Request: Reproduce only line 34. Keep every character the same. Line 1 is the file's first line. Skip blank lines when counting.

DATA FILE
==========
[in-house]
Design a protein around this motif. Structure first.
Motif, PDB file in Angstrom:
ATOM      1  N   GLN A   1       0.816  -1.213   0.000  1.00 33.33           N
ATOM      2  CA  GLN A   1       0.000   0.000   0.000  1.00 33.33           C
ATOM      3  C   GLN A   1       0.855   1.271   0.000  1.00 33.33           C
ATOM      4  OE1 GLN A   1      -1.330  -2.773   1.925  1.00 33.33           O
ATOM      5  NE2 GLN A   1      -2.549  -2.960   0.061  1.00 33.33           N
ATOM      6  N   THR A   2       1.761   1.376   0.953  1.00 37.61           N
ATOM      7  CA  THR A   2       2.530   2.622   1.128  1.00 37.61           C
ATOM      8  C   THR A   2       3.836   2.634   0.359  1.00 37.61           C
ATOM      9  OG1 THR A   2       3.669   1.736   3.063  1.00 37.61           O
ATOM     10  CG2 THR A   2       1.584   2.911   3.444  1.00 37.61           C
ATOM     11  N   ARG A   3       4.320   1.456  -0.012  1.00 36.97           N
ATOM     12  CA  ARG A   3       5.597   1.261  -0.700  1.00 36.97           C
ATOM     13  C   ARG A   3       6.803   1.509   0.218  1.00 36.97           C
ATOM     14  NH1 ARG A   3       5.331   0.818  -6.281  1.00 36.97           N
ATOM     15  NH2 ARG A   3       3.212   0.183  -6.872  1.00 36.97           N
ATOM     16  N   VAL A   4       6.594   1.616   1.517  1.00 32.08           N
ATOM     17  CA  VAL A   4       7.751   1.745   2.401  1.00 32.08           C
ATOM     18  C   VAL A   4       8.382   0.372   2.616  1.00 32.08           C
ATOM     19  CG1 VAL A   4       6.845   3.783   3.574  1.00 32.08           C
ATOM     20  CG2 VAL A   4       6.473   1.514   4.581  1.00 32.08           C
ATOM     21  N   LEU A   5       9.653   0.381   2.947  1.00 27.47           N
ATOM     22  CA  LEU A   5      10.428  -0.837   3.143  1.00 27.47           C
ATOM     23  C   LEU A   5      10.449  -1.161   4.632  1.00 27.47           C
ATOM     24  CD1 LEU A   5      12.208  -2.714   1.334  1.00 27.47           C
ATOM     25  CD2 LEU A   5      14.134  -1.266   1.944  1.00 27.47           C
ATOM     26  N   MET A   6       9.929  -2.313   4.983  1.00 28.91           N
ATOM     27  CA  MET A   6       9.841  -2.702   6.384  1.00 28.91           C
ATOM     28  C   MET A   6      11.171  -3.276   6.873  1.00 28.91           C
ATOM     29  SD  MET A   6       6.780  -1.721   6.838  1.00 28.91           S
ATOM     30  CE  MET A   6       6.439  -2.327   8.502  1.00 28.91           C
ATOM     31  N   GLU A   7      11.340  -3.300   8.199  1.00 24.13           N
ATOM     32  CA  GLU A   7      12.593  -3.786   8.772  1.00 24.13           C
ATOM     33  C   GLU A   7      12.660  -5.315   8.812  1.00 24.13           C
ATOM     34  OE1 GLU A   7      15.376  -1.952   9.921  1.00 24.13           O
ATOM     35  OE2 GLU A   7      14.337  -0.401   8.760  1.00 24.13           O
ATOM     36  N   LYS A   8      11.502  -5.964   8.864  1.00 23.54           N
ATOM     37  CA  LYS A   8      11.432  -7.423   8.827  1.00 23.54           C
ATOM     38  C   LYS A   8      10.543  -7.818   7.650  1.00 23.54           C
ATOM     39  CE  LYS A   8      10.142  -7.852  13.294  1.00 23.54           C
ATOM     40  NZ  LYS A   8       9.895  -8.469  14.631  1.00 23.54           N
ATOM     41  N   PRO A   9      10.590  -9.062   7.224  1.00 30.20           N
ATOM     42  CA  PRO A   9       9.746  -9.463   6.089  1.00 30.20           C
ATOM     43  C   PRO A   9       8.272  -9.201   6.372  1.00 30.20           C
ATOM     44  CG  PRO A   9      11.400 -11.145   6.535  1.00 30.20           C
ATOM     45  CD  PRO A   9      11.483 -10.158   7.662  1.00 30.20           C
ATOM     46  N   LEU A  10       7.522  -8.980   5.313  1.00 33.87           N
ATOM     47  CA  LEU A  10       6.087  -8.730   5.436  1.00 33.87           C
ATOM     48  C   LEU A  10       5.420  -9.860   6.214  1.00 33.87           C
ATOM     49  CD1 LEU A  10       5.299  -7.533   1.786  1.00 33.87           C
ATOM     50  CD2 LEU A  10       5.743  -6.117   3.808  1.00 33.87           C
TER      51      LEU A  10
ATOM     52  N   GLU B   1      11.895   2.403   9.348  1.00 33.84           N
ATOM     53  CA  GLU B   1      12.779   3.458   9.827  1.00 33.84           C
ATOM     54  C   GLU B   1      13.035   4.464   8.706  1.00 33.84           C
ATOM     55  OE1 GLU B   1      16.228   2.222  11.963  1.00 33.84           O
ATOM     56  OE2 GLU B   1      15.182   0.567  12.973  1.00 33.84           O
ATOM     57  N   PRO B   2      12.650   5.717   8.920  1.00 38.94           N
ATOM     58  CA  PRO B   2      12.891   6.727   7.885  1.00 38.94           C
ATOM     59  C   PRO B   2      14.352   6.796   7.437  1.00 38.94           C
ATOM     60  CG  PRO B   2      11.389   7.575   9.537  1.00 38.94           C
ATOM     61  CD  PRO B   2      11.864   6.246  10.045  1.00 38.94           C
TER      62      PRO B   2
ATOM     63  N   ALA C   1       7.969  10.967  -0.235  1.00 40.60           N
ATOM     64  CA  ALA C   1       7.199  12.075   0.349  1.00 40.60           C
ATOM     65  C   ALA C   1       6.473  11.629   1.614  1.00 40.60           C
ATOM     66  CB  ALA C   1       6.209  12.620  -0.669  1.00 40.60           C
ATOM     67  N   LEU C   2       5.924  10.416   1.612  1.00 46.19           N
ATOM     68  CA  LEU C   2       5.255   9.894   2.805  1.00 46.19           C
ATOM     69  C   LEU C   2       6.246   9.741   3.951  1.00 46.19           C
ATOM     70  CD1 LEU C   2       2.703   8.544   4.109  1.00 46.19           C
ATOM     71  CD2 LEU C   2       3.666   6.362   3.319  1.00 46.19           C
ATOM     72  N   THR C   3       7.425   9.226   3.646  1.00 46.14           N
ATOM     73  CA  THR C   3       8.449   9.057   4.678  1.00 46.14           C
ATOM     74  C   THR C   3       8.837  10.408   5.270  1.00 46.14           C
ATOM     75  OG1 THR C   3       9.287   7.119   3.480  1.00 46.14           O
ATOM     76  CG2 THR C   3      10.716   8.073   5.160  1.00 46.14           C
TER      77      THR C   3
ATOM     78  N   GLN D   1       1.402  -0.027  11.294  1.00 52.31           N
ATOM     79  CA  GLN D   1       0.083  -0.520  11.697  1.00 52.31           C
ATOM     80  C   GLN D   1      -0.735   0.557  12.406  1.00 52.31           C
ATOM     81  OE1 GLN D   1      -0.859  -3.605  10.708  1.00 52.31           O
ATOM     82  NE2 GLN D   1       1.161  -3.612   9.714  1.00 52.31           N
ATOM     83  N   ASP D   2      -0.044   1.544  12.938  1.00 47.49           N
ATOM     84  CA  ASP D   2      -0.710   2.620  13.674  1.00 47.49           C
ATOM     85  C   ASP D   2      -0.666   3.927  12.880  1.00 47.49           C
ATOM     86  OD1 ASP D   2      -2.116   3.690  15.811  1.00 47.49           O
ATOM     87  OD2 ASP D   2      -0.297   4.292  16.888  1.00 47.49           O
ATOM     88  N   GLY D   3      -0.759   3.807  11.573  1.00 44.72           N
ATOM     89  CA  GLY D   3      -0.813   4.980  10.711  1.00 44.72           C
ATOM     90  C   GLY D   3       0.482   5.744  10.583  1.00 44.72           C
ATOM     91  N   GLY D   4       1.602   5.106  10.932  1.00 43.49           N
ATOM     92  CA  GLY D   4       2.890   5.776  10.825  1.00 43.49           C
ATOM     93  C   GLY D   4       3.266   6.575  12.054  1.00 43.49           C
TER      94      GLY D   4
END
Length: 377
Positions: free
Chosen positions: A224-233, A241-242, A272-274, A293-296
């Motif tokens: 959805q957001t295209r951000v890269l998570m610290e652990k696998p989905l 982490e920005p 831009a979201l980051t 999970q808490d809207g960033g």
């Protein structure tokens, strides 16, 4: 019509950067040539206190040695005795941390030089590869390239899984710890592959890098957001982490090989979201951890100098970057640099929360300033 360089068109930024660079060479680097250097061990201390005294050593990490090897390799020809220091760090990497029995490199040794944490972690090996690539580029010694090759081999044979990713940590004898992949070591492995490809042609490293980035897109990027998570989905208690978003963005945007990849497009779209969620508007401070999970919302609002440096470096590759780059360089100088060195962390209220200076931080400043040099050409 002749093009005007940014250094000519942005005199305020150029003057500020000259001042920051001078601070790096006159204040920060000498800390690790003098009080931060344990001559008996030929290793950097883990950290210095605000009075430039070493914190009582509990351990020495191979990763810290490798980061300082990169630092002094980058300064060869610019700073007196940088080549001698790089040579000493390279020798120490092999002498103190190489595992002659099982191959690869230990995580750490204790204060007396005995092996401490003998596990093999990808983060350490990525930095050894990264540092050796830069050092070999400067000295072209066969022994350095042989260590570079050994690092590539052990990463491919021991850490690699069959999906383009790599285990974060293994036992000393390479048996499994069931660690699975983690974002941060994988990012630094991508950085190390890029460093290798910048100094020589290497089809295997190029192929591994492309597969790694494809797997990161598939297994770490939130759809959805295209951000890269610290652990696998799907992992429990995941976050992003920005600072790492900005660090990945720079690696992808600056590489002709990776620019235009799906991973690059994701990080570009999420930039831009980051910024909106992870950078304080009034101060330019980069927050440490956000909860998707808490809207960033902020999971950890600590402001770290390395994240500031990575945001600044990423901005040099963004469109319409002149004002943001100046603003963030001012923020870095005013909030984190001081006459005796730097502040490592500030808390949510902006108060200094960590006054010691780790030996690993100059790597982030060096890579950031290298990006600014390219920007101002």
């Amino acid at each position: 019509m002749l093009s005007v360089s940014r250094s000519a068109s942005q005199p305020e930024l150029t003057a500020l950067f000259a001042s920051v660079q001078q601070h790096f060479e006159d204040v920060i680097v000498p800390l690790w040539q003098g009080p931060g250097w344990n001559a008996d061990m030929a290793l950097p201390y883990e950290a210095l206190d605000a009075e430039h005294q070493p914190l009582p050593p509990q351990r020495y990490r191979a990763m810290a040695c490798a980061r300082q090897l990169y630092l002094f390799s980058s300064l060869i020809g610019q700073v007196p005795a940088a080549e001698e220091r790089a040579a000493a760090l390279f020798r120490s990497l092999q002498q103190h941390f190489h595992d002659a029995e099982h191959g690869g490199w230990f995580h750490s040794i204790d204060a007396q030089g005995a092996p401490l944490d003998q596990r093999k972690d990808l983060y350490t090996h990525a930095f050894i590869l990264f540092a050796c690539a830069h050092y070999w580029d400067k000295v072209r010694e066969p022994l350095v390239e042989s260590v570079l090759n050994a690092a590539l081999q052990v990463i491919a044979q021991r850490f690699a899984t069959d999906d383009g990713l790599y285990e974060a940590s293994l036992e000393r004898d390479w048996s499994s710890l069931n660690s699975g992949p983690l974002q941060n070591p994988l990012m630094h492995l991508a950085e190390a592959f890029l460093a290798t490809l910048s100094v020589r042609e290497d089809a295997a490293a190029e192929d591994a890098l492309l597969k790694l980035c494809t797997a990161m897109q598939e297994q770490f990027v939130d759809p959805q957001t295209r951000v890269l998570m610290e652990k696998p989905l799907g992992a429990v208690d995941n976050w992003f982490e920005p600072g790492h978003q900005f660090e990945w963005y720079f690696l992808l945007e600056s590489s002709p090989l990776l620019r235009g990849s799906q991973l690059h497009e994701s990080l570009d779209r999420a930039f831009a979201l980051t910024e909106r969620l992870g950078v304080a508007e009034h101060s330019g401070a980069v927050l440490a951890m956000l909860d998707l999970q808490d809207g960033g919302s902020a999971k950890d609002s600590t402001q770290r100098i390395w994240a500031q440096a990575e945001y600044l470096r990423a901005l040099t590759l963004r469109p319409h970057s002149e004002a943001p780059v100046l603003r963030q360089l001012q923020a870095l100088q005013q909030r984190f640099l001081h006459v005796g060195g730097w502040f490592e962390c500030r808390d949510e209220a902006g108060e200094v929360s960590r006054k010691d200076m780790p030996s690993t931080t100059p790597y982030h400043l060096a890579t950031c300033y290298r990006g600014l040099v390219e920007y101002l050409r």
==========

ATOM     31  N   GLU A   7      11.340  -3.300   8.199  1.00 24.13           N